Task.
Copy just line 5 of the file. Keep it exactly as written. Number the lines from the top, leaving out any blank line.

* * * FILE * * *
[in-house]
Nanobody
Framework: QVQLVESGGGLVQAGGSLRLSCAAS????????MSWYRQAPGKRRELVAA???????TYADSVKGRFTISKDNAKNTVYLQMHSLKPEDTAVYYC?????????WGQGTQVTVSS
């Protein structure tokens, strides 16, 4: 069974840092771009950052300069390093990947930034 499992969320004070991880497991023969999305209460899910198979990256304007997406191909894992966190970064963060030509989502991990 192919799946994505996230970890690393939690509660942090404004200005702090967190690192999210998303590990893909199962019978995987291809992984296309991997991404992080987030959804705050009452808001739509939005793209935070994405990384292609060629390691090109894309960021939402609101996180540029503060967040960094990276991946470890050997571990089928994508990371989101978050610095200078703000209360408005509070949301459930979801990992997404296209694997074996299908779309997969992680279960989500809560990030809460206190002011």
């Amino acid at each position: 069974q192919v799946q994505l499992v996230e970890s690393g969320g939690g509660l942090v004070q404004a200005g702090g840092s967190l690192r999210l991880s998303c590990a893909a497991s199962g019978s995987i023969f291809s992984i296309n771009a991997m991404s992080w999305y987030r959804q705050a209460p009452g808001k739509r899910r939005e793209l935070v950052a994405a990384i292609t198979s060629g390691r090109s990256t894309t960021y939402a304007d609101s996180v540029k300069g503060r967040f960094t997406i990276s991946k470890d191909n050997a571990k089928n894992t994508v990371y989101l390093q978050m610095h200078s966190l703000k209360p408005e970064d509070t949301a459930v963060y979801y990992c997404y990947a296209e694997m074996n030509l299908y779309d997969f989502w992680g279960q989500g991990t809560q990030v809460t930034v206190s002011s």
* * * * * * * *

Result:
């Amino acid at each position: 069974q192919v799946q994505l499992v996230e970890s690393g969320g939690g509660l942090v004070q404004a200005g702090g840092s967190l690192r999210l991880s998303c590990a893909a497991s199962g019978s995987i023969f291809s992984i296309n771009a991997m991404s992080w999305y987030r959804q705050a209460p009452g808001k739509r899910r939005e793209l935070v950052a994405a990384i292609t198979s060629g390691r090109s990256t894309t960021y939402a304007d609101s996180v540029k300069g503060r967040f960094t997406i990276s991946k470890d191909n050997a571990k089928n894992t994508v990371y989101l390093q978050m610095h200078s966190l703000k209360p408005e970064d509070t949301a459930v963060y979801y990992c997404y990947a296209e694997m074996n030509l299908y779309d997969f989502w992680g279960q989500g991990t809560q990030v809460t930034v206190s002011s």